R. B. LIVINGSTON, M.D.; T. N. MOORE, M.D.; L HEILBRUN, M.D.; R. BOTTOMLEY, M.D.; D. LEHANE, M.D.; S. E. RIVKIN, M.D.; T. THIGPEN, M.D.
Chemotherapy (doxorubicin, cyclophosphamide, and vincristine) was given in a sequential fashion with radiation of the primary tumor and brain to 358 patients with small-cell lung carcinoma (extensive disease in 250, limited in 108). Complete regression of tumor was obtained in 14% of patients with extensive disease and 41% of patients with limited disease, and complete or partial response in 57% and 75%, respectively. Median survival was 26 weeks for patients with extensive disease and 52 weeks for those with limited disease. Response duration was longer for patients in complete remission; one third had disease-free survival > 1 year. Toxicity from the combined treatment modalities was no greater than expected from the components given separately: fatal in 3.9%, and life-threatening but reversible in 8.4% of patients. Whole-brain radiation was effective in preventing isolated relapse at that site. This therapy appears both feasible and effective, with acceptable risks and some benefit to most patients.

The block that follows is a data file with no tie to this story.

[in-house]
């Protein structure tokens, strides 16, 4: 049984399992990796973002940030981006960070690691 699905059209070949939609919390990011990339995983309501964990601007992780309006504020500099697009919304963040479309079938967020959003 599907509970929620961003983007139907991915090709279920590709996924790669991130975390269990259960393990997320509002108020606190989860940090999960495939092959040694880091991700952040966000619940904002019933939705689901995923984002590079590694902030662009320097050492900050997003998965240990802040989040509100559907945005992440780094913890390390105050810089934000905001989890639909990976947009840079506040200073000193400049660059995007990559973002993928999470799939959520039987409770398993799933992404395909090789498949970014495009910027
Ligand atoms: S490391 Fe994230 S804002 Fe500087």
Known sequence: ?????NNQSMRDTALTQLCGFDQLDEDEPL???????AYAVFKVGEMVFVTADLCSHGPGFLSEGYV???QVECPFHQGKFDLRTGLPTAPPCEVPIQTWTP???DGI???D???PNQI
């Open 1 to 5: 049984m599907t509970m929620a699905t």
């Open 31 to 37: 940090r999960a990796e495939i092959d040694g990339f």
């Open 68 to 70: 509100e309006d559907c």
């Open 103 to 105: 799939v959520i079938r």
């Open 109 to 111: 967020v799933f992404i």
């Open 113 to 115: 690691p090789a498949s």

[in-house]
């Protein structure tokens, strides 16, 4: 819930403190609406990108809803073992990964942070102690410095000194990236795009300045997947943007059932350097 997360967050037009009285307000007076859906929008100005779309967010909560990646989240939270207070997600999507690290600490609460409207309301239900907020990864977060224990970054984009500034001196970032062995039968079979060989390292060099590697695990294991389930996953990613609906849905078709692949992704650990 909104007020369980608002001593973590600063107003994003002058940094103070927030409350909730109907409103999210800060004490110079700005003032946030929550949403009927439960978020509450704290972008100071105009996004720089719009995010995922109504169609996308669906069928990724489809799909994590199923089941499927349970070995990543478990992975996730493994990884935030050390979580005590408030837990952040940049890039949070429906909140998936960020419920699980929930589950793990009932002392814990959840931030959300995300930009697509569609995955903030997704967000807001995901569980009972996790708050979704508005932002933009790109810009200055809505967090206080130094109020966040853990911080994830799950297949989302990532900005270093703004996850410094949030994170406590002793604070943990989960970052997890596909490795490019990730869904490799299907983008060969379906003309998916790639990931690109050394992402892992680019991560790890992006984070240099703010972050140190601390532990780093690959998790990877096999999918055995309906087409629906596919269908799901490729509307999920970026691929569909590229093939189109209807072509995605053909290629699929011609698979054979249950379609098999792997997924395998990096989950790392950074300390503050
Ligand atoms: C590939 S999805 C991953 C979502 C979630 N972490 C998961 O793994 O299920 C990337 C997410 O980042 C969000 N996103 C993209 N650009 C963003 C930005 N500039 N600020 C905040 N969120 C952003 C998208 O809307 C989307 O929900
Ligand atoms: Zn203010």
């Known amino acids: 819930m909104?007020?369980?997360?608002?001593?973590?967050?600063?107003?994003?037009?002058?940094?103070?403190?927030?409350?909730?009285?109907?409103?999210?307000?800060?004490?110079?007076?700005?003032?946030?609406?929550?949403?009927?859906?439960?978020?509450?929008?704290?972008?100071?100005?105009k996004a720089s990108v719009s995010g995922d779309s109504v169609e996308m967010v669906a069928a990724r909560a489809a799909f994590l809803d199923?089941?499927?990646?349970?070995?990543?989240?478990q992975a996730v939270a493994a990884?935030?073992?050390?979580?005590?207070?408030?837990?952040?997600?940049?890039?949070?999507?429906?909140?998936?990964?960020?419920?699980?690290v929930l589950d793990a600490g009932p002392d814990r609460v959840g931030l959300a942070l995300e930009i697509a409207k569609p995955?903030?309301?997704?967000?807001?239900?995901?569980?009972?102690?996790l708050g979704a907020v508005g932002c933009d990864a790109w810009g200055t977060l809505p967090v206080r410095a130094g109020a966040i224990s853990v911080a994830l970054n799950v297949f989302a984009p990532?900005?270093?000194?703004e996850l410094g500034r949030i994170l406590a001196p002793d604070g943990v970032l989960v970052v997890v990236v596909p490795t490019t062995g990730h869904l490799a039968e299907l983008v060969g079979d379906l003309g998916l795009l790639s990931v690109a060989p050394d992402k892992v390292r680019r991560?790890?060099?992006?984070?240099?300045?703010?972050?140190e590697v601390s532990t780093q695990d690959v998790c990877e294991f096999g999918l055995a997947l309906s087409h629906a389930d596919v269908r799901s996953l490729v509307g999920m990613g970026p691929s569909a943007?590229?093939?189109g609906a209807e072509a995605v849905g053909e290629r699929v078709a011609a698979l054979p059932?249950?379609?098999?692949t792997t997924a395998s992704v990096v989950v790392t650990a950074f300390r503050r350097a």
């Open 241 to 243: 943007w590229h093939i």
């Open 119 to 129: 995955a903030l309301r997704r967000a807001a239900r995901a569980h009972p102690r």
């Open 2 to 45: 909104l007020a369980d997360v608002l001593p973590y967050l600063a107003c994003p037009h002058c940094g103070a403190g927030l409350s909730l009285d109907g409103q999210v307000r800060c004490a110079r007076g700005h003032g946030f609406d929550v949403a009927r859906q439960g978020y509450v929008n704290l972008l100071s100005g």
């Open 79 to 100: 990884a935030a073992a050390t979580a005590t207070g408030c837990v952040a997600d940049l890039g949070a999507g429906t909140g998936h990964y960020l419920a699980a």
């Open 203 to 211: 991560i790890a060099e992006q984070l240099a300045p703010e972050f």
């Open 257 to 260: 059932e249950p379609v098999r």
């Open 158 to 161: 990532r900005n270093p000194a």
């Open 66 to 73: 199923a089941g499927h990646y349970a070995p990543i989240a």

R. B. LIVINGSTON, T. N. MOORE, L HEILBRUN, R. BOTTOMLEY, D. LEHANE, S. E. RIVKIN, et al. Small-Cell Carcinoma of the Lung: Combined Chemotherapy and Radiation: A Southwest Oncology Group Study. Ann Intern Med. 1978;88:194–199. doi: 10.7326/0003-4819-88-2-194
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Published: Ann Intern Med. 1978;88(2):194-199.
Hematology/Oncology, Lung Cancer, Pulmonary/Critical Care.
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